Obama: Extend Tax Relief Now, Cut Spending Later

The president urges Congress to enact a tax deal before negotiating budget cuts.

President Barack Obama is interviewed by NBC News' David Gregory in the Blue Room of the White House in Washington DC, December 29
President Barack Obama is interviewed by NBC News’ David Gregory in the Blue Room of the White House in Washington DC, December 29 (White House/Pete Souza)

President Barack Obama said in an interview that was broadcast on Sunday that he was “modestly optimistic” about the possibility of reaching agreement with Republicans on a budget before the end of the year but denied responsibility for failing to avert the “fiscal cliff” so far.

Unless Democrats and Republicans act before the end of the year, $100 billion in spending cuts and $440 billion in tax increases will be automatically enacted. Economists believe that as a result of this “fiscal cliff,” the country may plunge back into recession. But the two political parties are far apart on what should be done to avoid it. Democrats insist that for a deal to be had, taxes on the rich must increase. Republicans would rather cut public spending.

The president said in an interview with NBC’s Meet the Press that he told congressional leaders on Friday, “If they can’t do a comprehensive package of smart deficit reduction, let’s at minimum make sure that people’s taxes don’t go up and that two million people don’t lose their unemployment insurance.”

The president wants to let the income tax cuts that were enacted by his predecessor in 2001 and 2003 expire for incomes over $250,000 while Republicans favor extending all of the current tax rates. Administration officials say that’s the only thing standing in the way of a compromise: “a refusal by Republicans to accept that rates shouldn’t have to go up on the wealthiest Americans,” as Treasury Secretary Timothy Geithner put it earlier this month.

President Obama similarly argued on Meet the Press that it wasn’t “because Democrats in Congress don’t want to go ahead and cooperate but because I think it’s been very hard for Speaker [John] Boehner and Republican leader [Mitch] McConnell to accept the fact that taxes on the wealthiest Americans should go up a little bit.”

Obama campaigned on raising taxes on the rich and won reelection in November so he can argue that it’s what the American public wants. However, Republican lawmakers argue that they were reelected as well and on the opposite pledge — not to raise taxes ever.

Moreover, Republicans want to limit spending on entitlements which are mainly responsible for ballooning deficit projections for the next ten to twenty years. The president said on Meet the Press that he “offered to make some significant changes to our entitlement programs in order to reduce the deficit” but he has never volunteered specifics.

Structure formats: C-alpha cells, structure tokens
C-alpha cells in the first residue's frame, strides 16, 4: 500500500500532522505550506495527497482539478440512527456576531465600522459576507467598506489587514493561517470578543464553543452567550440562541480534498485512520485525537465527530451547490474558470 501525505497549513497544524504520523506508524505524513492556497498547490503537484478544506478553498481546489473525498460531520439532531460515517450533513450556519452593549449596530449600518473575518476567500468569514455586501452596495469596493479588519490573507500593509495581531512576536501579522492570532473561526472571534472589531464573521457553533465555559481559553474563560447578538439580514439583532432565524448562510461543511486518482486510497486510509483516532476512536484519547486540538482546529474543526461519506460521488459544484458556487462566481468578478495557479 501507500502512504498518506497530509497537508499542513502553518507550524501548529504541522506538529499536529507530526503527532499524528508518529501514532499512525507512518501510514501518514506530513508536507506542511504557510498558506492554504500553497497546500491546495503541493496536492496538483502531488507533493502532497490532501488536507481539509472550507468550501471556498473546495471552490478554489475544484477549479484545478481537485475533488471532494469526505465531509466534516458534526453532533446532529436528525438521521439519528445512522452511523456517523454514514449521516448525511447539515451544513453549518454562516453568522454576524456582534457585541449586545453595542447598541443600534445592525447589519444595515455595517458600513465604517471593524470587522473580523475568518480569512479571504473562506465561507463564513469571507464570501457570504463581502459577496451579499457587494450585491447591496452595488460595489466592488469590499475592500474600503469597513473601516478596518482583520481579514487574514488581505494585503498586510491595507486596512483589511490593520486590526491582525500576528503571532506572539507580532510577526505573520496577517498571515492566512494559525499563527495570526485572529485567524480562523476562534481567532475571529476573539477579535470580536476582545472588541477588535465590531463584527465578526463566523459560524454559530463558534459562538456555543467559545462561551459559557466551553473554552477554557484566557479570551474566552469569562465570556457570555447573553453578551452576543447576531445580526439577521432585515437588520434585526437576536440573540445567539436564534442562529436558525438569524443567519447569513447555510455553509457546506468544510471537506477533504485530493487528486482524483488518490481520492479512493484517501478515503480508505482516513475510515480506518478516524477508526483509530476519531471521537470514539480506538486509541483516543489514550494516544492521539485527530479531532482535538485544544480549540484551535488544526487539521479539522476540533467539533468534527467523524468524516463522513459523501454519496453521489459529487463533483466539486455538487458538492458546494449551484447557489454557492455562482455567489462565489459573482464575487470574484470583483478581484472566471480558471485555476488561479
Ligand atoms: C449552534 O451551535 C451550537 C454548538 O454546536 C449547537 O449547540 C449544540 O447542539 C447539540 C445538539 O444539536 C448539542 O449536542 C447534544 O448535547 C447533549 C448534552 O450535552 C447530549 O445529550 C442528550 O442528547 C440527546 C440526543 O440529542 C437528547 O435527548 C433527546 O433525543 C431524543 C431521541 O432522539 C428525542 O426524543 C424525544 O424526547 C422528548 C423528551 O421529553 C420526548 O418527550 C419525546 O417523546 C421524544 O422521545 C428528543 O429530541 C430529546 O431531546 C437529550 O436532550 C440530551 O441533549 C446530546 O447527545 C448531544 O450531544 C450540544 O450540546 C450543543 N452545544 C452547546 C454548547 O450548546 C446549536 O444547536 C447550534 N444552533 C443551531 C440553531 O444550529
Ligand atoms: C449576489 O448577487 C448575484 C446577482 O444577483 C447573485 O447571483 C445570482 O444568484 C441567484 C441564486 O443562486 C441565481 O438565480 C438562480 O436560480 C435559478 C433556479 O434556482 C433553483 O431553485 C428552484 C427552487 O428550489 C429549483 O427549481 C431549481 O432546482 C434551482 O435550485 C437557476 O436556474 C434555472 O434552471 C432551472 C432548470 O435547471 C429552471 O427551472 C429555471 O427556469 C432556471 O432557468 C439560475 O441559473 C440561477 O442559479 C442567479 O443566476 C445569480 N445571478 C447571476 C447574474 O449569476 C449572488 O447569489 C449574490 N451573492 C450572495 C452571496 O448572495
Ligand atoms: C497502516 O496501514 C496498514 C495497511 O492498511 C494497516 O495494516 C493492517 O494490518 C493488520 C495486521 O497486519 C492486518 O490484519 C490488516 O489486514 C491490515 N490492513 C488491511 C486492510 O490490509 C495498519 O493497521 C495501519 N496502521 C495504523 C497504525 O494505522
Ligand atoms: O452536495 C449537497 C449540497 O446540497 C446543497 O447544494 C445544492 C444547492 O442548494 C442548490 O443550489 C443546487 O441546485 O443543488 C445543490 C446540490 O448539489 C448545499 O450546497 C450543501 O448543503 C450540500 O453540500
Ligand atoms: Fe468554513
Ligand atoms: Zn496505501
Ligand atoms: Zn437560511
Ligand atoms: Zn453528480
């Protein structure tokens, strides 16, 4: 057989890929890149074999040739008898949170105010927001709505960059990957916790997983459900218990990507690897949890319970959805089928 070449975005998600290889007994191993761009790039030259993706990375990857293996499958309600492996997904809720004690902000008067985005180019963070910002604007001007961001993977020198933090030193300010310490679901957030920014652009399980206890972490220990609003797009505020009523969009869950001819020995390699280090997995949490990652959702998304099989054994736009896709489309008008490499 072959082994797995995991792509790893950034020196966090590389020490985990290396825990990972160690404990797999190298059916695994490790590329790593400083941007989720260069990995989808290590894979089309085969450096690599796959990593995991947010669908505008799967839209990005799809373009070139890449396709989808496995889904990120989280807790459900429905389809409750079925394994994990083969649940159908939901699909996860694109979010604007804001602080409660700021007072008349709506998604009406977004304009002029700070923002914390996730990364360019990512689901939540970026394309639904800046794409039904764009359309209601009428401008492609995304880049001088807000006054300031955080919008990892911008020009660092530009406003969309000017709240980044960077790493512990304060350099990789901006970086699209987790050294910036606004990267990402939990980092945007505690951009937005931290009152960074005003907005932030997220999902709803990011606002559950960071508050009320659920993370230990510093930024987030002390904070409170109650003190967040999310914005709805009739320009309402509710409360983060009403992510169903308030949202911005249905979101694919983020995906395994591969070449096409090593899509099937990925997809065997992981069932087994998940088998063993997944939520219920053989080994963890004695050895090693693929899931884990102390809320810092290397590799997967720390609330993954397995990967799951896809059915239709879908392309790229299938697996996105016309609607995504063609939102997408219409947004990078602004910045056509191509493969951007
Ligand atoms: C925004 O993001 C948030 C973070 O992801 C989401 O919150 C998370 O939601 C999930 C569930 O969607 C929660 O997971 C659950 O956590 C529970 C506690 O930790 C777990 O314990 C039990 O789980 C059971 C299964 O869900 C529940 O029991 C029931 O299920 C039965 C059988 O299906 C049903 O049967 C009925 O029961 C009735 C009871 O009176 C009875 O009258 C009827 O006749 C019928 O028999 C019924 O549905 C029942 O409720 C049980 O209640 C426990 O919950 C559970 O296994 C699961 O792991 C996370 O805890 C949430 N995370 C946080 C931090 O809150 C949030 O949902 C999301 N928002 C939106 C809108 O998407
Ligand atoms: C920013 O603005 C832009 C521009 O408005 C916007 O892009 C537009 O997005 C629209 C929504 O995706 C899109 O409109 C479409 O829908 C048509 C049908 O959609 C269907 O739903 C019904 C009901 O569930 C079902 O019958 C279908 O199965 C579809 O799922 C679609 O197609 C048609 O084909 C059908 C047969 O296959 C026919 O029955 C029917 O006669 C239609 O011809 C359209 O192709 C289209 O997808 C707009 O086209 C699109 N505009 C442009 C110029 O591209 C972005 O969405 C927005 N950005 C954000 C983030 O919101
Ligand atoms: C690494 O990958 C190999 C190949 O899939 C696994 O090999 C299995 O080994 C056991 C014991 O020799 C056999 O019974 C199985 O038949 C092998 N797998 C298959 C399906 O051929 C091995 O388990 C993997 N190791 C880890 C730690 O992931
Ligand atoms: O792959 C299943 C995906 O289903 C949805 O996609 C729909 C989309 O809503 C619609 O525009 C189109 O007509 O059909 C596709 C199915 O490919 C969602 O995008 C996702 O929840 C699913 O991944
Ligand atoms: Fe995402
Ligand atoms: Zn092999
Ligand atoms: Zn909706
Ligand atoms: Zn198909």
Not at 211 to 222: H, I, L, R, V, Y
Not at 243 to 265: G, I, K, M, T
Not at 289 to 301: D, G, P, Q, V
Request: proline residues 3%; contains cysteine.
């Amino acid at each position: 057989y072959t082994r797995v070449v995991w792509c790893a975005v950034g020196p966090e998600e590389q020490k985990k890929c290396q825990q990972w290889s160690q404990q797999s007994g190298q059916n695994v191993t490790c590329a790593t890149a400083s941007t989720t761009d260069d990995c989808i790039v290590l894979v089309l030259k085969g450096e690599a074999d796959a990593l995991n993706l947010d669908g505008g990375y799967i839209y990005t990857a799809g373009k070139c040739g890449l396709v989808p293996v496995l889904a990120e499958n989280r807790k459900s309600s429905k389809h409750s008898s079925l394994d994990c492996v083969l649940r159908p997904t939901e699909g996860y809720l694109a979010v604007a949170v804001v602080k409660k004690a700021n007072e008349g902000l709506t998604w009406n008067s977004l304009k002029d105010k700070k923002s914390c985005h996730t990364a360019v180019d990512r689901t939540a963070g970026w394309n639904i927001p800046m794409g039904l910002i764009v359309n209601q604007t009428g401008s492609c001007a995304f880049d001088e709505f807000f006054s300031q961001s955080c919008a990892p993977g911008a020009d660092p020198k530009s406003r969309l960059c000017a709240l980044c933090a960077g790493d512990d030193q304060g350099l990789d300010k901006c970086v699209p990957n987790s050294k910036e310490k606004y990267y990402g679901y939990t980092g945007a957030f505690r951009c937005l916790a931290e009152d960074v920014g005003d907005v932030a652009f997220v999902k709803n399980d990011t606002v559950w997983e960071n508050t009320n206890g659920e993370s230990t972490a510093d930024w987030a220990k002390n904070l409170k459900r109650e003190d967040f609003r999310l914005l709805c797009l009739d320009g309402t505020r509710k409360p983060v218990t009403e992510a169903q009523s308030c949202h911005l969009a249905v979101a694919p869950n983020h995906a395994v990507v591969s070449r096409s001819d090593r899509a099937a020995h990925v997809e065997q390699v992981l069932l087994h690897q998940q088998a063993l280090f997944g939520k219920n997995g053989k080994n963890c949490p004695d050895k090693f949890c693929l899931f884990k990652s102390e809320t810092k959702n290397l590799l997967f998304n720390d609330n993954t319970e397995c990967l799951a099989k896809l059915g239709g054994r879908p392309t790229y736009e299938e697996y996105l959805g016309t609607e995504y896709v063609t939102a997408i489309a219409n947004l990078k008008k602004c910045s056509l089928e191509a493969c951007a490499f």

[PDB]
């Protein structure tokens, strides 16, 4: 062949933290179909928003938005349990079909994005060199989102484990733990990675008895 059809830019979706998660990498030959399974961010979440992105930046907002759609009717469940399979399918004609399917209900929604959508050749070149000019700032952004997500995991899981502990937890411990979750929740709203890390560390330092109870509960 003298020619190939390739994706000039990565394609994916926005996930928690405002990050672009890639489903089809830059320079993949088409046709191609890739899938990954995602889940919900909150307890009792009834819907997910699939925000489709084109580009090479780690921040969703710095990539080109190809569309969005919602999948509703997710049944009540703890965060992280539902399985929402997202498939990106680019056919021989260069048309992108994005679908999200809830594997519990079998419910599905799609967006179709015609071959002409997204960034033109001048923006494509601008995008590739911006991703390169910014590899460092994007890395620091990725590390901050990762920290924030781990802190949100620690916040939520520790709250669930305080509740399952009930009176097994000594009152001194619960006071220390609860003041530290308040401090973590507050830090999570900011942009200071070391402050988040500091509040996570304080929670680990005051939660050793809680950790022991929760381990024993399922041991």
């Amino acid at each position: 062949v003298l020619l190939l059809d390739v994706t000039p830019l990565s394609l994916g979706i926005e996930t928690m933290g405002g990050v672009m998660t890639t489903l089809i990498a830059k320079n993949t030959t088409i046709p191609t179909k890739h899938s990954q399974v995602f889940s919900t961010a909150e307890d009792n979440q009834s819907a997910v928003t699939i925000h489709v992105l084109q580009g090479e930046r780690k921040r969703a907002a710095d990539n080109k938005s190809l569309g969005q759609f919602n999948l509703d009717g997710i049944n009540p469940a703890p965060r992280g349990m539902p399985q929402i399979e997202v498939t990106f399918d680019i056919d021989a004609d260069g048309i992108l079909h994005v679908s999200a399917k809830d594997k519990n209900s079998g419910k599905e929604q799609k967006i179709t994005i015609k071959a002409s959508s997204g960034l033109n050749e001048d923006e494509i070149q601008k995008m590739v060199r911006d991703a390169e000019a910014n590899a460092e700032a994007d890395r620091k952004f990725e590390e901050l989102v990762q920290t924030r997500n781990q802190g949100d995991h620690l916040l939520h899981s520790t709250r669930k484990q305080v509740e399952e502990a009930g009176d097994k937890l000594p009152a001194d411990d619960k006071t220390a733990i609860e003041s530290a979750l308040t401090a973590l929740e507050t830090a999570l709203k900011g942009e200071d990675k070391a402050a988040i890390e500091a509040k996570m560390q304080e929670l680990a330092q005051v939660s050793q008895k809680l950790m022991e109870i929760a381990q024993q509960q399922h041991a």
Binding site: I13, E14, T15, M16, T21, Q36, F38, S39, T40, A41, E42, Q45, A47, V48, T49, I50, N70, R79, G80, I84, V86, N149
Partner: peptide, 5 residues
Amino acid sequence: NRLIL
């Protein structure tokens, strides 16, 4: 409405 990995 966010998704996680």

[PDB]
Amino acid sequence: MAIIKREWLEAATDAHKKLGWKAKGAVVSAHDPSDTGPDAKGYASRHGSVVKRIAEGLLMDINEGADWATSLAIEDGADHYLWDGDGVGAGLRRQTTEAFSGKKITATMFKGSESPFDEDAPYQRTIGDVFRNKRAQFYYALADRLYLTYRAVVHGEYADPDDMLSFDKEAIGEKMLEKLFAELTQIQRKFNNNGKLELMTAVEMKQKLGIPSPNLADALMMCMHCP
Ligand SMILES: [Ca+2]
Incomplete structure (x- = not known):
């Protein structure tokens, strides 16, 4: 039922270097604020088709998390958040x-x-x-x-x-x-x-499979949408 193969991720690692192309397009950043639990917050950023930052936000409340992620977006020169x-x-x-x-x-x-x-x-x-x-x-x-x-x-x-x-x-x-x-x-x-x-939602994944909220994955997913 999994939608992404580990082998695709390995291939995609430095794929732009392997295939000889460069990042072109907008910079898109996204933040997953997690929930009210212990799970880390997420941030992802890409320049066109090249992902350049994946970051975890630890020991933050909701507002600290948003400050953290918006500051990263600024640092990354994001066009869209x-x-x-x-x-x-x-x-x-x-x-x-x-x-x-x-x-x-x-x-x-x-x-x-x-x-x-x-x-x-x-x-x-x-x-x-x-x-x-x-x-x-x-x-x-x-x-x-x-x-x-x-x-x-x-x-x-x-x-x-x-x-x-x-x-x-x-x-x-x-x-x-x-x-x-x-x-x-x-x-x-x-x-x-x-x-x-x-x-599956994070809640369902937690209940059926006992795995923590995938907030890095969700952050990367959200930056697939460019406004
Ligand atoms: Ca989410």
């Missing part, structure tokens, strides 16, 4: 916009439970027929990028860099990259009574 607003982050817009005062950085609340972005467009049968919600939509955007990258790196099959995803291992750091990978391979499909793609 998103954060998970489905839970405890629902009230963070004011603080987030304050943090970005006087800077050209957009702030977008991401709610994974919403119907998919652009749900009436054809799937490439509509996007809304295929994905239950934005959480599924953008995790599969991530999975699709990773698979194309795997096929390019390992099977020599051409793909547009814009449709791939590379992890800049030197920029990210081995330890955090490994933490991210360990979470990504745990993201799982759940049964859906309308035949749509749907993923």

Comprehensive entitlement and tax reform is needed for fiscal consolidation in the long term but Democrats are just as intransigent in their refusal to cut social spending as Republicans are in their refusal to vote for a tax increase.

Asked about entitlement reform, the president said that he was “prepared to do everything I can to make sure that Medicare and Social Security are there, not just for this generation but for future generations.” Except what Republicans have suggested to do. The president rejected all of their plans for entitlement reform as either unfair, unnecessary or plain wrong.

Pressed on the issue, the president said, “You are not only going to cut your way to prosperity.”

What I ran on and what the American people elected me to do is to put forward a balanced approach to make sure there’s shared sacrifice. […] It is very difficult for me to say to a senior citizen or a student or a mom with a disabled kid: you are going to have to do with less but we’re not going to ask millionaires and billionaires to do more.

Yet in the same interview, he urged Congress to raise taxes now and talk about spending cuts that would be part of a balanced approach later. “If we can get that done,” he said about extending the low-income tax rates for the majority of Americans, “that takes a big bite out of the fiscal cliff. It avoids the worst outcomes and we’re then going to have some tough negotiations in terms of how we continue to reduce the deficit, grow the economy.”

To Republicans, it sounds awfully familiar to what the president has been saying for the last four years. At the same time, they can ill afford politically to be seen as letting taxes go up on middle-class Americans, even if they’re likely to support reducing rates again for most taxpayers after New Year’s when the automatic expiration of the Bush era tax cuts will have freed them of their pledge not to raise taxes.